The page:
News (World)

British Triathlon will force trans women & non-binary athletes to compete against cis men

British Triathlon, transgender, non-binary, athletes
Photo: Shutterstock

As international sports organizations ban transgender competitors, British Triathlon has decided that the solution is rebranding: trans women and non-binary athletes who were assigned a male gender at birth will compete with cisgender men in one category labeled “Open,” while cisgender women, trans men, and non-binary people assigned female at birth will compete in the “Women” category.

British Triathlon’s new policy — which goes into effect on January 1, 2023 — will maintain this open category as separate from its female category, which only allows “those who are the female sex at birth.” The decision will affect all triathletes from England, Scotland, and Wales.

Related: Democrats introduce Transgender Bill of Rights to fight Republican anti-LGBTQ attacks

Get the Daily Brief

The news you care about, reported on by the people who care about you:

British Triathlon said it reached its decision after surveying over 3,000 group members, reviewing the latest scientific studies, and holding discussions with elite, grassroots, and transgender athletes. A reported 80 percent of the group’s members favored a women’s category “protected” from a subset of women; that is, transgender women.

“Athletes who were born male have an advantage over athletes who were born female and that their advantage is significant in swim, bike, and run,” British Triathlon’s chief executive Andy Salmon said, according to The Guardian. “And we concluded that physiology advantages are retained after testosterone suppression.”

Sports science studies on the athletic abilities of transgender athletes are a relatively new field. While some studies have suggested that puberty hormones may result in bodily changes that give increased abilities to trans women, the question continues to be actively investigated.

The organization added that it doesn’t tolerate transphobic behavior, harassment, bullying, or hate speech of any kind. It discouraged others from leaving transphobic comments about its new policy.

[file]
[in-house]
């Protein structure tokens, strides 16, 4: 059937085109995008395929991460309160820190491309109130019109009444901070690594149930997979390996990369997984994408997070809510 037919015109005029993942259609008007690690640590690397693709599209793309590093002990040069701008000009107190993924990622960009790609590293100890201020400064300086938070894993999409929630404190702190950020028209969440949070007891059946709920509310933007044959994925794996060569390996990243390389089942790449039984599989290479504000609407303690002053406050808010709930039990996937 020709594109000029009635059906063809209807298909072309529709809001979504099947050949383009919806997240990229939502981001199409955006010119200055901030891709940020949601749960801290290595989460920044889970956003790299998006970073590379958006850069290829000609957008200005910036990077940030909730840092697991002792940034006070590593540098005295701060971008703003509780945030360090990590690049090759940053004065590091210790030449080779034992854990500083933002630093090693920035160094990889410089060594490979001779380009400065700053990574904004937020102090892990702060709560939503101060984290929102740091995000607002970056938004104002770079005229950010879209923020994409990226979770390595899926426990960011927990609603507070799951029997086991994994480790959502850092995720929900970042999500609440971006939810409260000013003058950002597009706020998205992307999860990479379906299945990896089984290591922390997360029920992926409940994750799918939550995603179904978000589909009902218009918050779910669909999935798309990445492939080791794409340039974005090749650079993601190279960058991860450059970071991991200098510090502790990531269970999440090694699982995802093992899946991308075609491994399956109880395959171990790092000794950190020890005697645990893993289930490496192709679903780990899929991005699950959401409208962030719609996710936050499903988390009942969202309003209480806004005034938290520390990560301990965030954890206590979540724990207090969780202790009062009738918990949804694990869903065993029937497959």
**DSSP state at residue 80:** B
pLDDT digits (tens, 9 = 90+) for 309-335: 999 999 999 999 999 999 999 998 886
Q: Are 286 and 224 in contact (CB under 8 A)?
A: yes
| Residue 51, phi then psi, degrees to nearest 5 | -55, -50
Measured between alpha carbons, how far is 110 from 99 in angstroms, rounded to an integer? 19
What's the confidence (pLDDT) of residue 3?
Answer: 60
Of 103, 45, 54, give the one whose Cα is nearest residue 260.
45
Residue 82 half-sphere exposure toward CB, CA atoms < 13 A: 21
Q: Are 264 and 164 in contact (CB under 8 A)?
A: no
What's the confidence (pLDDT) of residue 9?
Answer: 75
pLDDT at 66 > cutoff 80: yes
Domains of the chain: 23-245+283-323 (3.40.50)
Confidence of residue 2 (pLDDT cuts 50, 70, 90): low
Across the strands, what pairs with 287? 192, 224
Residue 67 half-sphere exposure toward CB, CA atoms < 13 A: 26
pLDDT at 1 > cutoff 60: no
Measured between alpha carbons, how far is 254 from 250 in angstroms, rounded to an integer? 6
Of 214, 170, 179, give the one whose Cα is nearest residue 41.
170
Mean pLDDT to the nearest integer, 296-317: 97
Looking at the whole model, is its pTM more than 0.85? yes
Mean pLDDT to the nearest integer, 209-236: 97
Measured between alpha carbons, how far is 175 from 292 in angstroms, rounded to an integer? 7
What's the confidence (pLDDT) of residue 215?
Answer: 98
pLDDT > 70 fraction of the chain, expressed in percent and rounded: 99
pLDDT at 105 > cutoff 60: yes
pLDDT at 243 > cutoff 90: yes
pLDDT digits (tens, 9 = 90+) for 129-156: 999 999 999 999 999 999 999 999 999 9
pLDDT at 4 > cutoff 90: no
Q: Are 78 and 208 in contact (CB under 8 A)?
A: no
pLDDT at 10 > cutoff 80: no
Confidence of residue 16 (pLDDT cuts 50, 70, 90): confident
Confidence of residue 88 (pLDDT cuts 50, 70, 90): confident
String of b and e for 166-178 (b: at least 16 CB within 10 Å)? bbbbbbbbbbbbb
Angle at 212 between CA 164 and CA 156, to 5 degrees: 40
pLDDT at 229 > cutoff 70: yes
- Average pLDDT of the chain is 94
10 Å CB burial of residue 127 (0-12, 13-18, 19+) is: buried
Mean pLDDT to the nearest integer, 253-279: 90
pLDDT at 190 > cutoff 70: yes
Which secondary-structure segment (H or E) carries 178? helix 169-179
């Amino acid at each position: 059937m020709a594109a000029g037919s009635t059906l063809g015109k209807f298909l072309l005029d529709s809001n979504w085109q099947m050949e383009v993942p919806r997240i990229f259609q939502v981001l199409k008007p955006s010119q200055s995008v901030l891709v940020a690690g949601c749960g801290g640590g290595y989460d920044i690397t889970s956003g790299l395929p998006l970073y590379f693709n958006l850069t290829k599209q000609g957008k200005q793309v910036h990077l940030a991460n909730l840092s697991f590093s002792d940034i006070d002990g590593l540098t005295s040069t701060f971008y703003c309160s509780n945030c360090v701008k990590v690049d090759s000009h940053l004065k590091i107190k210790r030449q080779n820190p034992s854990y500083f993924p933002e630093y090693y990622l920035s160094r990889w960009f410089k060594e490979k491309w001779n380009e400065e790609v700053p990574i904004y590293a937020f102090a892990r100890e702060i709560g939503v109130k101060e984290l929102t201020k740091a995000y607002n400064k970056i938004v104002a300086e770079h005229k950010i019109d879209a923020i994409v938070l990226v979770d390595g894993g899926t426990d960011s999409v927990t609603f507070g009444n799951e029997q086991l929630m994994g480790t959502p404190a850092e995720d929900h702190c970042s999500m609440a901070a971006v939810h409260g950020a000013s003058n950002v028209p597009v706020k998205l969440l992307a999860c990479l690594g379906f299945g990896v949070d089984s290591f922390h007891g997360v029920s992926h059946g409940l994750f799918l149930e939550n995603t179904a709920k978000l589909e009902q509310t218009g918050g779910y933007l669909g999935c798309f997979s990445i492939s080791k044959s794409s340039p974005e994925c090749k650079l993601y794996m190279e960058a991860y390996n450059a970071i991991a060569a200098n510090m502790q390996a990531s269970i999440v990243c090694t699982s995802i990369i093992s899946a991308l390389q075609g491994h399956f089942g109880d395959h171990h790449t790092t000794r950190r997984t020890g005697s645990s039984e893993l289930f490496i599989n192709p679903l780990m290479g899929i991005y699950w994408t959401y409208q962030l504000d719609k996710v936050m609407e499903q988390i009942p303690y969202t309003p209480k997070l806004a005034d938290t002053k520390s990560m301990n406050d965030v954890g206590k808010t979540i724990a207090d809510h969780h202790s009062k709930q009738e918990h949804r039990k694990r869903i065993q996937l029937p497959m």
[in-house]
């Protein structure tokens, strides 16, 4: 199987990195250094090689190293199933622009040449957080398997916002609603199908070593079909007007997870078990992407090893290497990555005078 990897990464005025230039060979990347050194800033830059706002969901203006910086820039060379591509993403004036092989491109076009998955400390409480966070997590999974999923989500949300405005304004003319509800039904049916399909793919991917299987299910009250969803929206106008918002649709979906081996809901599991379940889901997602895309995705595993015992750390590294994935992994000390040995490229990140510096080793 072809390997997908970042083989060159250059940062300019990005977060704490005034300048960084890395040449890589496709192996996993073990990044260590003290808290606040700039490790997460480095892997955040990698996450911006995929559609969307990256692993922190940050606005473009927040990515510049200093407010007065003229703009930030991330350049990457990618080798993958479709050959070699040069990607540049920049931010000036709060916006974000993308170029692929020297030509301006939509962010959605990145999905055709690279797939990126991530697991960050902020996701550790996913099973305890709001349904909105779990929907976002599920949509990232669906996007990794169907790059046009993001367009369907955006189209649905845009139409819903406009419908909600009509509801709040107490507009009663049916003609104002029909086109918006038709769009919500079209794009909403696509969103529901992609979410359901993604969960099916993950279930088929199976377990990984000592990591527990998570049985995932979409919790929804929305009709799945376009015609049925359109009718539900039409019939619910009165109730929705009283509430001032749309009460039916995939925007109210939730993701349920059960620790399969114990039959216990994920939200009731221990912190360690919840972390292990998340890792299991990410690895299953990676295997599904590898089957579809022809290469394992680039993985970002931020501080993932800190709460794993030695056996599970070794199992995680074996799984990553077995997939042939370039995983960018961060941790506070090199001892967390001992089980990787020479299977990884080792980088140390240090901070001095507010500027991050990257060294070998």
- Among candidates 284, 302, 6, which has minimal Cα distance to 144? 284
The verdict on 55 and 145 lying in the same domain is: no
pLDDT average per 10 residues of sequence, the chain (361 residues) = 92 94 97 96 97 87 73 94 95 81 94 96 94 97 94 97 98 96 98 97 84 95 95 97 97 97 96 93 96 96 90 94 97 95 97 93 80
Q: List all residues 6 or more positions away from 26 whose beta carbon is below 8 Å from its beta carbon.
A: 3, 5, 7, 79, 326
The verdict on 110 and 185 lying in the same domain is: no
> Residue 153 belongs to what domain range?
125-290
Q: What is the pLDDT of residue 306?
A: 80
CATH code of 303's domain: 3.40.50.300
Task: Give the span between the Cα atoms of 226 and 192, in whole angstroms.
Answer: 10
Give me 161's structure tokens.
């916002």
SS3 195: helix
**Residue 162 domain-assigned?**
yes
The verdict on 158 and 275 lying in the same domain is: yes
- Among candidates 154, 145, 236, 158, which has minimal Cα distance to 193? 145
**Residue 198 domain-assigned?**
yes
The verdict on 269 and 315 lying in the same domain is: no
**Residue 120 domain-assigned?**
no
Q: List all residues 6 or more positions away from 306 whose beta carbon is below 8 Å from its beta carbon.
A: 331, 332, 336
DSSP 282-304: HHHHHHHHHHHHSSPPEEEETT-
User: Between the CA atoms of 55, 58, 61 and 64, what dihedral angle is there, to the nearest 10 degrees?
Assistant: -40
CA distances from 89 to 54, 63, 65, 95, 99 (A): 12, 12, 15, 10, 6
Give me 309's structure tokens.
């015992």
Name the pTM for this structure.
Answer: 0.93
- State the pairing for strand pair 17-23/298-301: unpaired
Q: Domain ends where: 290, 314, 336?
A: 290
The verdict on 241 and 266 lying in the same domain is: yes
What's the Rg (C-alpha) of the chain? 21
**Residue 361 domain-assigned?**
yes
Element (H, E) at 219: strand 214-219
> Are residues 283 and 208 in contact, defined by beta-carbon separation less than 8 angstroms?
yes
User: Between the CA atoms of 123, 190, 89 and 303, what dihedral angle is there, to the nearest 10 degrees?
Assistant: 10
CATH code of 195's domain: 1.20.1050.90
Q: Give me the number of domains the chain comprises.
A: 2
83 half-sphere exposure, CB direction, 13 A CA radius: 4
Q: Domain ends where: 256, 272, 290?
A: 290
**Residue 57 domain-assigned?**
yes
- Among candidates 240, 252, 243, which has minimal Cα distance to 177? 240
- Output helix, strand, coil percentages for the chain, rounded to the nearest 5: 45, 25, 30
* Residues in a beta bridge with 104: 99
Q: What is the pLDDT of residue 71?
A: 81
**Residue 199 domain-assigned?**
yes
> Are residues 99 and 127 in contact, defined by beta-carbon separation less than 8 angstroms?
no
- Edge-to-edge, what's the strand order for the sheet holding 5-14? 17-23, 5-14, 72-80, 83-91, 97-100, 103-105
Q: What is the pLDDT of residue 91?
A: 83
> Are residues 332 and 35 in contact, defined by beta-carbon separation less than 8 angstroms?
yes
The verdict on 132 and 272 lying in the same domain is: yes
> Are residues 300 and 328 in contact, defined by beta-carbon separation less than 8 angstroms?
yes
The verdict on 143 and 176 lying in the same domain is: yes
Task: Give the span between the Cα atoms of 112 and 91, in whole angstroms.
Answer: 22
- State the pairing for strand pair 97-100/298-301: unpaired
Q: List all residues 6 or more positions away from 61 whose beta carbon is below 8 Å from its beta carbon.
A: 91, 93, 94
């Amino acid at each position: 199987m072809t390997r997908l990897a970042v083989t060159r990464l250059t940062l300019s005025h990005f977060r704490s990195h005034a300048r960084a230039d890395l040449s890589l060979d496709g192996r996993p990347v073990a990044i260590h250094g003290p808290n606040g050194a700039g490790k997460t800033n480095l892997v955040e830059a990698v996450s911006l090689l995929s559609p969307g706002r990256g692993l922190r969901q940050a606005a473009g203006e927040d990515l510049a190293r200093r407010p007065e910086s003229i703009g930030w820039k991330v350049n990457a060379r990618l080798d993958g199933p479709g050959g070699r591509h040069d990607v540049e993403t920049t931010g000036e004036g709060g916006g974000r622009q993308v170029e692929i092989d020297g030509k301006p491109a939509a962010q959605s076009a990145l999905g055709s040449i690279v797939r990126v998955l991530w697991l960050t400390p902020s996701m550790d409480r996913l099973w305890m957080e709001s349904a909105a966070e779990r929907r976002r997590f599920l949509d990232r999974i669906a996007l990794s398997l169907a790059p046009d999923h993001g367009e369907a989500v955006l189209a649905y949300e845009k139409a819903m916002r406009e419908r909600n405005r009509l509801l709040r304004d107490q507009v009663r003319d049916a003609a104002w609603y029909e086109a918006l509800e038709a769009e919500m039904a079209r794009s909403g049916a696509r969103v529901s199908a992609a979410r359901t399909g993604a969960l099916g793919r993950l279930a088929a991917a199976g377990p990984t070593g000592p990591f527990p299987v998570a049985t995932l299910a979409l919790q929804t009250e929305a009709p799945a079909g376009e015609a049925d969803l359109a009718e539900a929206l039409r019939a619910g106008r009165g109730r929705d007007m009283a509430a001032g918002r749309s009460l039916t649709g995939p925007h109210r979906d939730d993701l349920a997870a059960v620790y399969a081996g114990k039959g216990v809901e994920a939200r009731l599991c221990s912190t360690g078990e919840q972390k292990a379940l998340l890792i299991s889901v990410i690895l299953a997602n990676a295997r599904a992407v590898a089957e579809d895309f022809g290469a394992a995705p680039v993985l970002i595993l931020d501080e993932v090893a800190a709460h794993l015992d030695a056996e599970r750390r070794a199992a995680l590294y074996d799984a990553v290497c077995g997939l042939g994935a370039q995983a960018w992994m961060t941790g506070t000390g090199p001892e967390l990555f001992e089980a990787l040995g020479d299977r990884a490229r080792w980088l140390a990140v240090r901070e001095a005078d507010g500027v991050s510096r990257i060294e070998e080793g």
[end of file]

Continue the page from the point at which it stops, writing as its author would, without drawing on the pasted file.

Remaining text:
The new policy is likely to run into challenges.

British Triathlon says its new policy doesn’t violate the United Kingdom’s 2010 Equality Act, which forbids gender discrimination in public sports. However, the policy could face a legal challenge claiming that female trans triathletes are discriminatorily being forced to compete against mostly men even though they are women.

In June, the International Rugby League announced a temporary ban on trans women from women’s matches as it conducts research and finalizes its inclusion policy. Shortly before the IRL’s announcement, FIFA and World Athletics — the international governing body for track and field events — and FINA all announced bans on transgender athletes from women’s events.

In the United States, Republicans nationwide have authored bills that would ban transgender females from competing on girls’ and women’s teams. As of late May, 18 states have enacted laws or issued statewide rules limiting trans sports participation, The New York Times reported.

Supporters of such laws say that they protect women’s sports from being dominated by trans female athletes who have superior strength due to male hormones that change the body during puberty.

Critics of such laws point out that very few transgender athletes are actually competing in women’s sports. They all say that such bans effectively ban trans youth from playing sports altogether since they don’t want to play sports with members of the opposite gender and be targeted for bullying, adding to a stigmatizing political atmosphere that can harm trans people’s mental health and increase their suicidal ideation.

Queer state lawmaker won’t apologize for “having enough cake to twerk”

Previous article

A year after anti-LGBTQ terrorist attack, Tbilisi Pride looks ahead

Next article